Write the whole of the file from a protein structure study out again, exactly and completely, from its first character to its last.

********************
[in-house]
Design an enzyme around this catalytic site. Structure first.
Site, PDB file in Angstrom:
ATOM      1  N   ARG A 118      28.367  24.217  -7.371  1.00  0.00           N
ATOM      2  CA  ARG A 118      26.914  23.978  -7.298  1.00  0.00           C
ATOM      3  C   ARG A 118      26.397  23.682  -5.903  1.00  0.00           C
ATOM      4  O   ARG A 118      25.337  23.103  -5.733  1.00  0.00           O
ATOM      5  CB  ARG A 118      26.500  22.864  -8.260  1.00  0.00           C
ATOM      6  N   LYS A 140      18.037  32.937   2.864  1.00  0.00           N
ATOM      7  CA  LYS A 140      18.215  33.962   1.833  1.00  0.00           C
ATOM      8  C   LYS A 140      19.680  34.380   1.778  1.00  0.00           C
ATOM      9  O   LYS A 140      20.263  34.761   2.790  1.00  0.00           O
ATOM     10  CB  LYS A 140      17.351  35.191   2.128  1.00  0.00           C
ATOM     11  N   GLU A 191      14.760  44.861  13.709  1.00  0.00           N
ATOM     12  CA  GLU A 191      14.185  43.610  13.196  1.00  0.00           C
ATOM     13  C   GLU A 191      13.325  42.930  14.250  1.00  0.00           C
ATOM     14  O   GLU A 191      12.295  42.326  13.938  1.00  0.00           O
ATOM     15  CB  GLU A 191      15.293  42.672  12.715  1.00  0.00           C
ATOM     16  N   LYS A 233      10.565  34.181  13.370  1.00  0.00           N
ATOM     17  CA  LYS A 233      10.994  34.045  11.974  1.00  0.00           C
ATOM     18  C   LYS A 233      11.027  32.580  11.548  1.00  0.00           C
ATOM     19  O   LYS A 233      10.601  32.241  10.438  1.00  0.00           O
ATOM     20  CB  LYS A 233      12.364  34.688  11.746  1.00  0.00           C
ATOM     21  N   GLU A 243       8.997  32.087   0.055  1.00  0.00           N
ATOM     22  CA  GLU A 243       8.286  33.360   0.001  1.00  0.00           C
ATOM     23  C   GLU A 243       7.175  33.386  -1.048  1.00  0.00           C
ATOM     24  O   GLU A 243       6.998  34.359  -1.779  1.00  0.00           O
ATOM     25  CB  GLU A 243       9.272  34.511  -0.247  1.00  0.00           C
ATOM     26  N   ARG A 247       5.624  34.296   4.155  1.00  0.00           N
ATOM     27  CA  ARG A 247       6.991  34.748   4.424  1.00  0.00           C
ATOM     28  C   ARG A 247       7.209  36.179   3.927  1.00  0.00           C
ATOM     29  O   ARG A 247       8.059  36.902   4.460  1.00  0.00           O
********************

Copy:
[in-house]
Design an enzyme around this catalytic site. Structure first.
Site, PDB file in Angstrom:
ATOM      1  N   ARG A 118      28.367  24.217  -7.371  1.00  0.00           N
ATOM      2  CA  ARG A 118      26.914  23.978  -7.298  1.00  0.00           C
ATOM      3  C   ARG A 118      26.397  23.682  -5.903  1.00  0.00           C
ATOM      4  O   ARG A 118      25.337  23.103  -5.733  1.00  0.00           O
ATOM      5  CB  ARG A 118      26.500  22.864  -8.260  1.00  0.00           C
ATOM      6  N   LYS A 140      18.037  32.937   2.864  1.00  0.00           N
ATOM      7  CA  LYS A 140      18.215  33.962   1.833  1.00  0.00           C
ATOM      8  C   LYS A 140      19.680  34.380   1.778  1.00  0.00           C
ATOM      9  O   LYS A 140      20.263  34.761   2.790  1.00  0.00           O
ATOM     10  CB  LYS A 140      17.351  35.191   2.128  1.00  0.00           C
ATOM     11  N   GLU A 191      14.760  44.861  13.709  1.00  0.00           N
ATOM     12  CA  GLU A 191      14.185  43.610  13.196  1.00  0.00           C
ATOM     13  C   GLU A 191      13.325  42.930  14.250  1.00  0.00           C
ATOM     14  O   GLU A 191      12.295  42.326  13.938  1.00  0.00           O
ATOM     15  CB  GLU A 191      15.293  42.672  12.715  1.00  0.00           C
ATOM     16  N   LYS A 233      10.565  34.181  13.370  1.00  0.00           N
ATOM     17  CA  LYS A 233      10.994  34.045  11.974  1.00  0.00           C
ATOM     18  C   LYS A 233      11.027  32.580  11.548  1.00  0.00           C
ATOM     19  O   LYS A 233      10.601  32.241  10.438  1.00  0.00           O
ATOM     20  CB  LYS A 233      12.364  34.688  11.746  1.00  0.00           C
ATOM     21  N   GLU A 243       8.997  32.087   0.055  1.00  0.00           N
ATOM     22  CA  GLU A 243       8.286  33.360   0.001  1.00  0.00           C
ATOM     23  C   GLU A 243       7.175  33.386  -1.048  1.00  0.00           C
ATOM     24  O   GLU A 243       6.998  34.359  -1.779  1.00  0.00           O
ATOM     25  CB  GLU A 243       9.272  34.511  -0.247  1.00  0.00           C
ATOM     26  N   ARG A 247       5.624  34.296   4.155  1.00  0.00           N
ATOM     27  CA  ARG A 247       6.991  34.748   4.424  1.00  0.00           C
ATOM     28  C   ARG A 247       7.209  36.179   3.927  1.00  0.00           C
ATOM     29  O   ARG A 247       8.059  36.902   4.460  1.00  0.00           O